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Permeation studies and control release of antimicrobial peptides structurally derived from CcdB toxin

Grant number: 12/23576-2
Support type:Scholarships in Brazil - Scientific Initiation
Effective date (Start): January 01, 2013
Effective date (End): June 30, 2014
Field of knowledge:Physical Sciences and Mathematics - Chemistry
Principal researcher:Saulo Santesso Garrido
Grantee:Carolina Reis Zambom
Home Institution: Instituto de Química (IQ). Universidade Estadual Paulista (UNESP). Campus de Araraquara. Araraquara , SP, Brazil

Abstract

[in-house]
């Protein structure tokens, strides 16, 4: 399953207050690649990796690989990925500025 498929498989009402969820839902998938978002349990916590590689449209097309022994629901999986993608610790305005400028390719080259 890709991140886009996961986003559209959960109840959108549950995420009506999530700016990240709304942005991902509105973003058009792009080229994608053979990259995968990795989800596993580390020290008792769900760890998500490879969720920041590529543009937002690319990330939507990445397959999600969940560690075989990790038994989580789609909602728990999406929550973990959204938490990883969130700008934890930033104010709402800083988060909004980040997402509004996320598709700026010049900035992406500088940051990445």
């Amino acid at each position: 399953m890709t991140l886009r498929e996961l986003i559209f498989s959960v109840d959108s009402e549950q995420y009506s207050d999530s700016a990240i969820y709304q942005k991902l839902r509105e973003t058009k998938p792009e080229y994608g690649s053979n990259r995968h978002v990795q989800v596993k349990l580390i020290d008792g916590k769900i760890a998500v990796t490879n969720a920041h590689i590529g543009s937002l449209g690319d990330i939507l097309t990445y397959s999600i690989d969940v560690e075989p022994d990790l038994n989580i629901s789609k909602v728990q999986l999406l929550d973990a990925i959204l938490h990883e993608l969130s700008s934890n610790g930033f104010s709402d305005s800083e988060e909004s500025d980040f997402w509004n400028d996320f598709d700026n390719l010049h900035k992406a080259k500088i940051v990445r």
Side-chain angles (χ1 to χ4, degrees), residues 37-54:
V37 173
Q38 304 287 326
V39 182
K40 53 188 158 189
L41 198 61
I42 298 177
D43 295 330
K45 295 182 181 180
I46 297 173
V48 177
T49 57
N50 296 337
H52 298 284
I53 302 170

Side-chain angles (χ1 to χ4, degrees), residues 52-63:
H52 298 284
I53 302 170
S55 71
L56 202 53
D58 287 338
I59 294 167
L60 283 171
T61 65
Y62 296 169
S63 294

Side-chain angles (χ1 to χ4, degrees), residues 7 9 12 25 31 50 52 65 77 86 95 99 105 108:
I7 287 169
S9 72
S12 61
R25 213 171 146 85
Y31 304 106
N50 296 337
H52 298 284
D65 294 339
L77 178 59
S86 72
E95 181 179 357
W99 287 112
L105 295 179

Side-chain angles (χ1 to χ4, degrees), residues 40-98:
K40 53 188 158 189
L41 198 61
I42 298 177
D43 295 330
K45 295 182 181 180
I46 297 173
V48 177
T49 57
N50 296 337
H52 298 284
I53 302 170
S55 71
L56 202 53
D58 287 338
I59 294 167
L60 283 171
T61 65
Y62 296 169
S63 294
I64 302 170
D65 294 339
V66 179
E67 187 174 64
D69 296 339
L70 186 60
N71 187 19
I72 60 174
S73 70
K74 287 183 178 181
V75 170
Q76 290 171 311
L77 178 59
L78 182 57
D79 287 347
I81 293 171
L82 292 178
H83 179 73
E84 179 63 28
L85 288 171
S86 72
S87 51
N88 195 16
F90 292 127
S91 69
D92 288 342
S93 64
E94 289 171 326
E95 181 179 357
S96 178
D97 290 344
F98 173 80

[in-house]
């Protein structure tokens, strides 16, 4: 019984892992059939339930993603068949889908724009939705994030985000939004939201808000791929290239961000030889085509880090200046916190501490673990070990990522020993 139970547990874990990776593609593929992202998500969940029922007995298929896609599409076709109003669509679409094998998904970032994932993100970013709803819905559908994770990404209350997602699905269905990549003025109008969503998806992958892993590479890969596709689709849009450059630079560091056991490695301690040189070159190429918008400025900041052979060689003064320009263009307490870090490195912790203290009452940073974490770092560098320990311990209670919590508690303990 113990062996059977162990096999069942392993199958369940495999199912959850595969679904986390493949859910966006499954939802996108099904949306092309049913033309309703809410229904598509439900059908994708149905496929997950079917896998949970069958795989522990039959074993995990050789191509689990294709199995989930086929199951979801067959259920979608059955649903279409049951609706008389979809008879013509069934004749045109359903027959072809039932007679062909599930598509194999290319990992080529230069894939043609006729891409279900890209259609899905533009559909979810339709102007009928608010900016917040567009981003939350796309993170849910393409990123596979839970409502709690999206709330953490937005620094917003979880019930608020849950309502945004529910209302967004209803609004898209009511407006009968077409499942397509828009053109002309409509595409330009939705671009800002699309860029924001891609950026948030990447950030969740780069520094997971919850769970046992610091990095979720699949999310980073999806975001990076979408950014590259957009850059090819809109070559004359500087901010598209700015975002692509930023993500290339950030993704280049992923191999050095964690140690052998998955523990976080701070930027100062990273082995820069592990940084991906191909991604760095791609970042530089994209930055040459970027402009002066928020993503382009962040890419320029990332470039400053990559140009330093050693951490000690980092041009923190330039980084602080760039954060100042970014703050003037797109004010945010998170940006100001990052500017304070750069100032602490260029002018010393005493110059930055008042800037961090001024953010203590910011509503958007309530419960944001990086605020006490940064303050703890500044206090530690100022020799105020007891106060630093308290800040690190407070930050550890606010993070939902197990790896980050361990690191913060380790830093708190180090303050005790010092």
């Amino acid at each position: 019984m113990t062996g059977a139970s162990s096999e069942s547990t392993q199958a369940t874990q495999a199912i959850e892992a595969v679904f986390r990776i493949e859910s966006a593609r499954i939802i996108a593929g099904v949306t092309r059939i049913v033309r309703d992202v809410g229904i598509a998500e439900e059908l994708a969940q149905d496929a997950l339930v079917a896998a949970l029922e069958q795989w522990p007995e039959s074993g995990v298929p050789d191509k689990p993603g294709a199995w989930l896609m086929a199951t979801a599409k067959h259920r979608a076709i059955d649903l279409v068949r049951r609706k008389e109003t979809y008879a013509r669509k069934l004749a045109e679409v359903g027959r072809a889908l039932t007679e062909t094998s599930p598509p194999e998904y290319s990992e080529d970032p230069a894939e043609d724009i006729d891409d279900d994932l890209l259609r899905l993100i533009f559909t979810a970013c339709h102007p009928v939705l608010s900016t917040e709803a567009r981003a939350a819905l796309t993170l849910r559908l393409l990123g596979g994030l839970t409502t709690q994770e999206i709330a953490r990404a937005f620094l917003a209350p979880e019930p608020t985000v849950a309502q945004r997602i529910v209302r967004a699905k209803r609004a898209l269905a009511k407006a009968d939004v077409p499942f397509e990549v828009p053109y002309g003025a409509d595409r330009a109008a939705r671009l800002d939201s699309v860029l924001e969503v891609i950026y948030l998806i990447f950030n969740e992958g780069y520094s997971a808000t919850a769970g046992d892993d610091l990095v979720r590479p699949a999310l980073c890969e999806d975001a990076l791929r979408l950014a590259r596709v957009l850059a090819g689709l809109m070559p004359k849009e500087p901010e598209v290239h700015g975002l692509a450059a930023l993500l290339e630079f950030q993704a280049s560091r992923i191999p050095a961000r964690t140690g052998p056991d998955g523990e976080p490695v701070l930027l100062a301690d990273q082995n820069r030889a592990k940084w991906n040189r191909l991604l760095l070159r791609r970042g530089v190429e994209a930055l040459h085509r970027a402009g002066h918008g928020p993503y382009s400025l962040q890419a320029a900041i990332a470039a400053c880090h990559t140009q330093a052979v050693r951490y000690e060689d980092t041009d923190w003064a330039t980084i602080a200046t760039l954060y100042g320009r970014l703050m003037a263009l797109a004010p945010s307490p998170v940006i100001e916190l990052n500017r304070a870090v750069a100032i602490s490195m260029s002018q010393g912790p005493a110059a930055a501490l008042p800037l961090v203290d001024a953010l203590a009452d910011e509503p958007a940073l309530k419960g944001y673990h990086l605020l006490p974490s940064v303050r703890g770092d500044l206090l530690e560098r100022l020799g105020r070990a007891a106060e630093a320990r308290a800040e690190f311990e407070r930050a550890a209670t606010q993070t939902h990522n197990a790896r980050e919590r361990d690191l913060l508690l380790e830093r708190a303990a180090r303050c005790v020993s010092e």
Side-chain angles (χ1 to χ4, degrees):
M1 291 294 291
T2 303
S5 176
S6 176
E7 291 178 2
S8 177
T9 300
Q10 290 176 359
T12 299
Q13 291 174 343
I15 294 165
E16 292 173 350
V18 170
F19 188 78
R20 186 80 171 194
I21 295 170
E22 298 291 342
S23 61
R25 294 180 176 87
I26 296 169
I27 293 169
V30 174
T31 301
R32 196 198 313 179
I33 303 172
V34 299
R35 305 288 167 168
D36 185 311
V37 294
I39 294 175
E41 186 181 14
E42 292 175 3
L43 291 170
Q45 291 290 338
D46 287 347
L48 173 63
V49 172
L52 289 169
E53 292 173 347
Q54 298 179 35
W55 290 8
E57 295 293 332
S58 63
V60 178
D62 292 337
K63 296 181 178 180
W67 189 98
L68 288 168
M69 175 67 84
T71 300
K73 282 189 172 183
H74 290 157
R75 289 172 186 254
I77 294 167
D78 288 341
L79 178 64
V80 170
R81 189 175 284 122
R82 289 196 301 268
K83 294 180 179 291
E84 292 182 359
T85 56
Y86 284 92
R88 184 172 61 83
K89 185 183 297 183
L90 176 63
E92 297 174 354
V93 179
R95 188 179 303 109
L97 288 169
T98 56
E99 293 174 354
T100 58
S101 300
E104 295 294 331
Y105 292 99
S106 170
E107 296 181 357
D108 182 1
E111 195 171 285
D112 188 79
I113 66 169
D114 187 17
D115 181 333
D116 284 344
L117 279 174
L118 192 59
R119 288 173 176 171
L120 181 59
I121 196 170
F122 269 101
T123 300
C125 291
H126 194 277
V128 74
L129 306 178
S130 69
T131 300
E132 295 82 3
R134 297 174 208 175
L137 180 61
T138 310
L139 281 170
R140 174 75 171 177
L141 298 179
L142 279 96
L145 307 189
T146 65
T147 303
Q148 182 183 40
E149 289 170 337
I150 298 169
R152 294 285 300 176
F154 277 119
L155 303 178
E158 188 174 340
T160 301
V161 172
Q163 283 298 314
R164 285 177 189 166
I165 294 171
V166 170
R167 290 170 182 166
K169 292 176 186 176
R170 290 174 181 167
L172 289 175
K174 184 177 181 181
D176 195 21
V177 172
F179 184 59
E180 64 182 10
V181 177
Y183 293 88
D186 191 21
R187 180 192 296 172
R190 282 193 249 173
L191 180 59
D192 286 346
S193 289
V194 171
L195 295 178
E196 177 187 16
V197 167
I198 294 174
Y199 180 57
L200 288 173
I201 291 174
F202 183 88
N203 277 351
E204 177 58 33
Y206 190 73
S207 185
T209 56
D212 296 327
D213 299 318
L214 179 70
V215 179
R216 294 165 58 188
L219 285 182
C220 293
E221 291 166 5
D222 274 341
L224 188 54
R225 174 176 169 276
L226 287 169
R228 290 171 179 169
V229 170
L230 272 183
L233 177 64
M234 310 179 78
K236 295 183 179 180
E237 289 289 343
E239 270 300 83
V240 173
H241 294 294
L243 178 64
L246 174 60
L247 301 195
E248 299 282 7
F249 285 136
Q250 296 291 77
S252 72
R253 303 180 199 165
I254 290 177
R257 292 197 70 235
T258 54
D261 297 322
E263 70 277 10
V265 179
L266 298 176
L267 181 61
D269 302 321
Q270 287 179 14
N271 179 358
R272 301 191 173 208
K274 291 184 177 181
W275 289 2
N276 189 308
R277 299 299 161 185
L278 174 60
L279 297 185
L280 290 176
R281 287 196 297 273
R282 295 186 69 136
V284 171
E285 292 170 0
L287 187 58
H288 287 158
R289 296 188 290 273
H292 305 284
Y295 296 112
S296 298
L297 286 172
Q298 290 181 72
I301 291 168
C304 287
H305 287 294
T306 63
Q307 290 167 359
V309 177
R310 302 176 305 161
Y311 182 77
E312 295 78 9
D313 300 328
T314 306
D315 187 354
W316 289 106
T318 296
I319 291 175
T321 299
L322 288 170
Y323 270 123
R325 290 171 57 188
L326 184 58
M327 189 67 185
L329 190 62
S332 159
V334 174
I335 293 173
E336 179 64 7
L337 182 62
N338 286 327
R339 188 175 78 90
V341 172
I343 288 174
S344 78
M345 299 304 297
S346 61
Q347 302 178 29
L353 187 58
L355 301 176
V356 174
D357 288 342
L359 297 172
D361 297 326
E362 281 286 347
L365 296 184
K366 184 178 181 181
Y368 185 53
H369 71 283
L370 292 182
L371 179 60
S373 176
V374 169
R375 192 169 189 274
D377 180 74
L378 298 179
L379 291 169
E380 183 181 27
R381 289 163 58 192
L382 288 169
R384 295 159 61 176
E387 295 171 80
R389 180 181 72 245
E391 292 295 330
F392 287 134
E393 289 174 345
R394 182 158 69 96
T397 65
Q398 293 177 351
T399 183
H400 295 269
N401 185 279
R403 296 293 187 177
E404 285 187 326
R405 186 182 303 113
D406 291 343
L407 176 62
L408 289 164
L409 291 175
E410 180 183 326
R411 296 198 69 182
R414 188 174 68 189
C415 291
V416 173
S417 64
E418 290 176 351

The use of synthetic peptides for the development of new drugs is a promising strategy in the fields of biotechnology. Peptides derived from intracellular bacterial toxins produced by systems of the post-segregational killer (PKS) such as CcdB is an example of this strategy. However, drugs with peptide structures derived from bacterial toxins present serious problems in therapeutic application because of their low solubility and low permeability in bacterial membranes. The aim of this study is the development and enhancement of nanostructured systems (liposomes) that enable the immobilization of peptide analogs of CcdB toxin and its consequent bacterial translocation into the cytosol, allowing them to reach their cellular targets, which are the bacterial enzymes DNA gyrase and topoisomerase IV. LUV liposomes type ("large unilamellar vesicles") of 100 nm diameter, are prepared by an extrusion-evaporation technique by varying the chemical composition of their formulations. Thus, it is intended to evaluate the encapsulation efficiency of the peptides through techniques of high-performance liquid chromatography (HPLC) and UV-Vis spectroscopy and fluorescence. After testing encapsulation efficiency, liposomes containing peptide analogs of CcdB toxin encapsulated will undergo growth inhibition assay in liquid medium for different bacterial species. Preliminary tests showed the free peptides in solution have no ability to inhibit bacterial growth. These results demonstrate that the use of nanostructured systems to promote the entry of these synthetic peptides in bacterial cytosol is very important to enable the application of those biomolecules in therapeutic studies. Thus these peptides may be used as antibiotics promising systems when associated with efficient transport and controlled systems.(AU)

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